Tuesday, May 15, 2012

Werner Seligmann's Modern Synagogues

Werner Seligmann's Modern Synagogues
by Samuel D. Gruber

Architect Bruce Coleman will lecture on Sunday, May 20, about the work of the late Werner Seligmann.

Cortland, NY. Temple Brith Shalom. Approach to entrance. Photo: Samuel D. Gruber

Cortland, NY. Temple Brith Shalom. Entrance with sanctuary block on left. Photo: Samuel D. Gruber

Cortland, NY. Temple Brith Shalom. Entrance. Photo: Samuel D. Gruber

Seligmann (1930-1998) is arguably Central New York’s best known modern architect.  As a practicing architect, influential teacher and a Dean of Syracuse University’s School of Architecture, he put his stamp on New York State design, and shaped the architectural aesthetic of several generations of architectural students and professionals.

Born in Osnabrück, Germany, Seligmann spent the latter part of World War II in a concentration camp; unfortunately his mother and sister did not survive the camps. After the war he was sent to the US to live with relatives in Groton New York, beginning his long association with Central New York.   I wrote about the Cortland synagogue in my book American Synagogues: A Century of Architecture and Jewish Community (New York: Rizzoli, 2003). The following text is adapted from that book:
Seligmann created several synagogue designs in the 1960s that were custom-made for the unique characteristics of the congregations they served. In Binghamton, New York, he built the Orthodox Beth David synagogue, a thoroughly modern structure that combined traditional arrangements, such as the placing the 400-seat sanctuary on a second floor, and the inclusion of a small courtyard, with the use of raw inexpensive materials such as exposed block and concrete for expressive purpose. The plan is remarkable in that it created a substrata of functional spaces which serve as a foundation for the much smaller upper-level prayer hall, as well as an open area for communal gathering. The result, in miniature scale is like the artificial Mount in Jerusalem upon which perched the Temple. The rationale for this arrangement is the same Talmudic passage cited in reference to Congregation Sons of Israel.
Cortland, NY. Temple Brith Shalom. Multi-purpose space. Photo: Paul Rocheleau

Cortland, NY. Temple Brith Shalom. View from multi-purpose space into sanctuary. Samuel D. Gruber

Cortland, NY. Temple Brith Shalom. Sanctuary. Photo: Paul Rocheleau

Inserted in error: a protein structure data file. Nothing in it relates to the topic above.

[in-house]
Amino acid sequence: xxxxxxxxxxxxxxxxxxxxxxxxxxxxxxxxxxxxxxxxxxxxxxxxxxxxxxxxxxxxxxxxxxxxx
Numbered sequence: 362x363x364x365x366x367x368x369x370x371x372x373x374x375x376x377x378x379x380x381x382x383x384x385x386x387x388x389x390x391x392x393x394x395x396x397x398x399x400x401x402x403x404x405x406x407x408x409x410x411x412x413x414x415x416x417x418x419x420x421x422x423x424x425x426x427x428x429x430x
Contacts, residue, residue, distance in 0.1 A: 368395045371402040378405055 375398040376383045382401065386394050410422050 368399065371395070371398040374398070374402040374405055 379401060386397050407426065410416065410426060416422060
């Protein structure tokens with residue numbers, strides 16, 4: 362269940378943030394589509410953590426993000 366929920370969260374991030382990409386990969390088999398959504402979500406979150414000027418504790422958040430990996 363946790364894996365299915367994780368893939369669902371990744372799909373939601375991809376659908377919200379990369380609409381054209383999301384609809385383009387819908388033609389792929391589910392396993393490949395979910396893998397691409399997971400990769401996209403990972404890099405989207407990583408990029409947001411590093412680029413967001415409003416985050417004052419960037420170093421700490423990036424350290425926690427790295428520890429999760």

Cortland, NY. Temple Brith Shalom. Sanctuary. Photo: Paul Rocheleau

Cortland, NY. Temple Brith Shalom. Aron-ha-Kodesh. Photo: Paul Rocheleau

Nearby, in the town of Cortland where he lived, (about a half hour south of Syracuse, and a half hour east of Ithaca), Seligmann received another commission for the even smaller Temple Brith Shalom, a nominally Conservative synagogue dedicated in 1969. Like Beth David, the project is a modest urban building on a small lot that is built to maintain local scale. The building is very private, however, and mostly looks in upon itself, in the manner of many small town European synagogues, especially those from Seligmann’s native Germany. The entrance to the low brick complex is off a parking lot set back from the street. Though the synagogue takes a defensive posture, the publicly presented corner offers a tantalizing mix of shapes and lines. Like the Binghamton synagogue, there is a small courtyard that creates a transitional mood.

The Cortland congregation, which consists of between thirty and forty families, is non-hierarchic and for most of its existence it has not had a permanent rabbi or cantor. The building reflects this – inside, all the spaces are united, though sliding panels can subdivide the space to isolate the small sanctuary. This space has a special purity. At first it appears simply boxlike, but shifts of floor level, lighting and symmetry subtly charge the space with quiet energy. The low ceiling of the central all-purpose hall through which one must pass, creates a pressure that gives way in the sanctuary, where the floor slopes away and the ceiling rises.

The contemporary theatrics of Yamasaki (Glencoe, Bloomfield Hills) or Abramowitz (Buffalo) are nowhere to be seen. Instead, an upward sloping ceiling with a skylight and the nearly square white ark wall that seems to float on a frame of light, are enough. The sanctuary has only six rows of pews, but it can be extended into the social area from which one looks out through a glass wall to a sheltered garden .

This project was one that Werner Seligmann remained attached throughout his life. His wife’s family had been among the founders of the original Cortland community, and he lived in Cortland for over thirty years. At Brith Shalom, Seligmann created a little known, but emblematic, statement of the balance between religion and community, modernism and tradition. Significantly, it is this same symbiosis that would dominate synagogue design at the end of the century, when many of the grand architectural statement of the post-war generation will seem obsolete.
On the Binghamton synagogue see also: “Synagogue Design: Forging an Aesthetic unbound by tradition,” in Progressive Architecture (March 1966), 146-150.